As resistance has grown to America's widening gulf between the "1 percent" and the rest of the population, something new has exploded in America's communities; "community wealth building" is an explicit strategy to democratize the ownership of wealth from the ground up.
What Sony should have done was fully embrace the show's odd storylines and, more importantly, its obsessed, intelligent and totally tech-driven viewership, and strike a deal with Netflix -- like Arrested Development -- to produce and distribute the show online.
This Saturday May 19th is the Echo Park PDA (public display of art) Art Walk. Over 70 venues participate in this wonderfully eclectic and unique community, saturated with a diverse group of people, boutiques, galleries, coffee shops and cafes.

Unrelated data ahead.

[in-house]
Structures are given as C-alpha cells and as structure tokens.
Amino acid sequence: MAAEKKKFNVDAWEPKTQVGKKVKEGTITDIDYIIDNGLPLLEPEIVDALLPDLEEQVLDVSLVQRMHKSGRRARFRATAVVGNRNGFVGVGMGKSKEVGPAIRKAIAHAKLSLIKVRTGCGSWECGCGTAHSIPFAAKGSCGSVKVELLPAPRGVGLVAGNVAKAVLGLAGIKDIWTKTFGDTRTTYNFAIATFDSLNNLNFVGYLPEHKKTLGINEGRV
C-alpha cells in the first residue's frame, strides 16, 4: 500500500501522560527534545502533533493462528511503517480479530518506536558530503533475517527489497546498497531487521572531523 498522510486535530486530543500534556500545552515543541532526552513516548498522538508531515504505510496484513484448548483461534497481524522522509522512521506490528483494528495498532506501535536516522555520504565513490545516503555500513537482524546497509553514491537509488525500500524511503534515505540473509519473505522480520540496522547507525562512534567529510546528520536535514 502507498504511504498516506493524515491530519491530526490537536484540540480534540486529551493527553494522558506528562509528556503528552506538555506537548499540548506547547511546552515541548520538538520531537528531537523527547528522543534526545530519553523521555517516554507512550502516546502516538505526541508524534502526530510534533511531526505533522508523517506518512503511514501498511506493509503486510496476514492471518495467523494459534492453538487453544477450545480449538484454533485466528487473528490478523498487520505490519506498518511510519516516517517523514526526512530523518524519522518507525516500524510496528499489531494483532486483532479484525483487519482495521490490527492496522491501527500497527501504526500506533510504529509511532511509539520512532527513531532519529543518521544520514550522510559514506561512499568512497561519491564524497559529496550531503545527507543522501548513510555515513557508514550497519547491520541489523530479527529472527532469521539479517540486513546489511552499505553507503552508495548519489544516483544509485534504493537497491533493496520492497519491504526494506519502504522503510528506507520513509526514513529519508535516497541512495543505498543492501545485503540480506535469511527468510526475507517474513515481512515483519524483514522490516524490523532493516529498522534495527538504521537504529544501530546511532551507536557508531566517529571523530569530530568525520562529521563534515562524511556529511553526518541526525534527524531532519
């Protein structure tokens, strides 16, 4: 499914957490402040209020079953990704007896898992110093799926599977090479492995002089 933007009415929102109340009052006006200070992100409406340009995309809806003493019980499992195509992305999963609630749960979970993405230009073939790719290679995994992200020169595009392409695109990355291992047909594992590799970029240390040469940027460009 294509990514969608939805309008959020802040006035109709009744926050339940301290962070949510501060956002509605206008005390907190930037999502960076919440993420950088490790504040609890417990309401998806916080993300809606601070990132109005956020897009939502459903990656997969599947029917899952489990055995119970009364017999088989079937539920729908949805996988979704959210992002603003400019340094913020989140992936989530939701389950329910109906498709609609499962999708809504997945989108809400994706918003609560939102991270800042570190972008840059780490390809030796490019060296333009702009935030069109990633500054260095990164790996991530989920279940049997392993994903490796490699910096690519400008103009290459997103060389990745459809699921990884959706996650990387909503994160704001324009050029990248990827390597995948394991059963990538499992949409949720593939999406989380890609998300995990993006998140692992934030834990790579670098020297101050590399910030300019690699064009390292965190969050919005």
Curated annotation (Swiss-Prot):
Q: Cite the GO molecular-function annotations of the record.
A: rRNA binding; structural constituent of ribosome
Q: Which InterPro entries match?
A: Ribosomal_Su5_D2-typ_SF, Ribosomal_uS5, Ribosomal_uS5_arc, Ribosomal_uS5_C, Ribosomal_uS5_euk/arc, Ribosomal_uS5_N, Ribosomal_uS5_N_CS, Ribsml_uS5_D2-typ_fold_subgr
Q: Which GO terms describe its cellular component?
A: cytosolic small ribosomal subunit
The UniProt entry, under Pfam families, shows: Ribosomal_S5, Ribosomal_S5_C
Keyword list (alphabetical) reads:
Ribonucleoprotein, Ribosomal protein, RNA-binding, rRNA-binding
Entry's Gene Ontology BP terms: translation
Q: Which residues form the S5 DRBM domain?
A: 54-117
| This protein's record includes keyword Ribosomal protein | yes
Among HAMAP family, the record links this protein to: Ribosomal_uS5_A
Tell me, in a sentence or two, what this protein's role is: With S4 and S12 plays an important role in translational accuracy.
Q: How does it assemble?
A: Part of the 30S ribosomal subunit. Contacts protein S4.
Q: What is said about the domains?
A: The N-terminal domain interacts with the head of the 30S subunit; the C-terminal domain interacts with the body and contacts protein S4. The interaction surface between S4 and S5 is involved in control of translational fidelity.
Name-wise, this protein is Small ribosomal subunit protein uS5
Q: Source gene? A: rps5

Though we have neither been through World War II nor had to suffer through the Great Depression, many of the values Mr. Brokaw emphasized are true of Vanderbilt's culture. I echo his challenge for this generation to become the next greatest generation.
I thank God every morning for these women who dare to bare their puckered thighs and their kangaroo midriffs and their bright, carefree smiles, shouting with their very presence that there are more important things in life than looking young. We need desperately to hear this.
Art, design, business, and culture have merged. Experiences and products are all about what someone feels. People act or react, attend or purchase, like or follow because they are drawn toward something.
The convivial ethics of the picnic table, park bench, bus stop kiosk, and similar exemplars don't exist very much inside the spaces of consumption and conveyance that increasingly dominate our daily lives.